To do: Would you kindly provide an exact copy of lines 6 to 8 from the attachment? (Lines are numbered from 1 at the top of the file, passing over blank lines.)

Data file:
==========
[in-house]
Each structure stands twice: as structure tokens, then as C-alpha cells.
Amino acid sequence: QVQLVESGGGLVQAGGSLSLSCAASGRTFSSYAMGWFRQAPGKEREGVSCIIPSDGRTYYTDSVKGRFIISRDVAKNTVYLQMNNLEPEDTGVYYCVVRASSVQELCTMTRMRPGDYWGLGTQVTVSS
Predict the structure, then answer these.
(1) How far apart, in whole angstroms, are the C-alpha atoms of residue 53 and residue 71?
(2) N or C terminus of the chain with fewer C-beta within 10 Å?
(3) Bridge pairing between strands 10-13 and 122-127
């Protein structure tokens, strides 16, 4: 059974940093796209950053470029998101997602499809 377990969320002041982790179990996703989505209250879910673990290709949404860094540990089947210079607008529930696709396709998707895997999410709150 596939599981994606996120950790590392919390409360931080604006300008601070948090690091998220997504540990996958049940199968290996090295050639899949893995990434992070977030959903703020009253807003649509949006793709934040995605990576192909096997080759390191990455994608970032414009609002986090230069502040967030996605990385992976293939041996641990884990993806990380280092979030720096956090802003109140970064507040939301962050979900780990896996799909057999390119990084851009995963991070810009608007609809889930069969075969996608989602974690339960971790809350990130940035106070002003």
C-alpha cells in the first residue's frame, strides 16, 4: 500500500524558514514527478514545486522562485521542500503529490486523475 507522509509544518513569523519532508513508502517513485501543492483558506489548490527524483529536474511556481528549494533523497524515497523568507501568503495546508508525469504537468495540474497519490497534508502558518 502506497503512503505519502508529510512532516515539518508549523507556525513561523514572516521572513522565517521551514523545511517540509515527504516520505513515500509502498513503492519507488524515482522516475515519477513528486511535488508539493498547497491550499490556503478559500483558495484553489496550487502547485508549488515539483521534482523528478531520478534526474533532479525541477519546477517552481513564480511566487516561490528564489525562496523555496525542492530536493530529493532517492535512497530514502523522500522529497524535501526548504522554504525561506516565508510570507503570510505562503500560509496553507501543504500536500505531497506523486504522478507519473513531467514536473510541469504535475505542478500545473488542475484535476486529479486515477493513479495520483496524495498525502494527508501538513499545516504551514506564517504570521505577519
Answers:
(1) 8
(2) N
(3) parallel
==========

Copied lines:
(2) N or C terminus of the chain with fewer C-beta within 10 Å?
(3) Bridge pairing between strands 10-13 and 122-127
């Protein structure tokens, strides 16, 4: 059974940093796209950053470029998101997602499809 377990969320002041982790179990996703989505209250879910673990290709949404860094540990089947210079607008529930696709396709998707895997999410709150 596939599981994606996120950790590392919390409360931080604006300008601070948090690091998220997504540990996958049940199968290996090295050639899949893995990434992070977030959903703020009253807003649509949006793709934040995605990576192909096997080759390191990455994608970032414009609002986090230069502040967030996605990385992976293939041996641990884990993806990380280092979030720096956090802003109140970064507040939301962050979900780990896996799909057999390119990084851009995963991070810009608007609809889930069969075969996608989602974690339960971790809350990130940035106070002003």